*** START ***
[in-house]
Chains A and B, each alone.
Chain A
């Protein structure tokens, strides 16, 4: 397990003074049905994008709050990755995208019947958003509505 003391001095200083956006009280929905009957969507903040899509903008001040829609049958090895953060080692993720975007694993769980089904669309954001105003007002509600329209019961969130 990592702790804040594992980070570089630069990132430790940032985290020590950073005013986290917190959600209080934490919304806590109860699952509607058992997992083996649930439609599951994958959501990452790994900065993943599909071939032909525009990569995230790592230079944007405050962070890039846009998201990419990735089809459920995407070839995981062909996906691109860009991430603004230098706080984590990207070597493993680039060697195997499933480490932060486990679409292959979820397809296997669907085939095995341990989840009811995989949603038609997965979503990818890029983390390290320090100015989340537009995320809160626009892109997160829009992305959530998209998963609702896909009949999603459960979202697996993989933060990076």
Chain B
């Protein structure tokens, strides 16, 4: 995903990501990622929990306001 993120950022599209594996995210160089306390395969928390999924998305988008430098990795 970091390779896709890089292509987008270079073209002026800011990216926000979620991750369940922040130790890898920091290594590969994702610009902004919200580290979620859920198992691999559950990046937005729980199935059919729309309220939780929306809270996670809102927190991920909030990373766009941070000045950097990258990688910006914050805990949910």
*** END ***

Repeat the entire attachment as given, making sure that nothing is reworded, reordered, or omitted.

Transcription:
[in-house]
Chains A and B, each alone.
Chain A
């Protein structure tokens, strides 16, 4: 397990003074049905994008709050990755995208019947958003509505 003391001095200083956006009280929905009957969507903040899509903008001040829609049958090895953060080692993720975007694993769980089904669309954001105003007002509600329209019961969130 990592702790804040594992980070570089630069990132430790940032985290020590950073005013986290917190959600209080934490919304806590109860699952509607058992997992083996649930439609599951994958959501990452790994900065993943599909071939032909525009990569995230790592230079944007405050962070890039846009998201990419990735089809459920995407070839995981062909996906691109860009991430603004230098706080984590990207070597493993680039060697195997499933480490932060486990679409292959979820397809296997669907085939095995341990989840009811995989949603038609997965979503990818890029983390390290320090100015989340537009995320809160626009892109997160829009992305959530998209998963609702896909009949999603459960979202697996993989933060990076």
Chain B
């Protein structure tokens, strides 16, 4: 995903990501990622929990306001 993120950022599209594996995210160089306390395969928390999924998305988008430098990795 970091390779896709890089292509987008270079073209002026800011990216926000979620991750369940922040130790890898920091290594590969994702610009902004919200580290979620859920198992691999559950990046937005729980199935059919729309309220939780929306809270996670809102927190991920909030990373766009941070000045950097990258990688910006914050805990949910």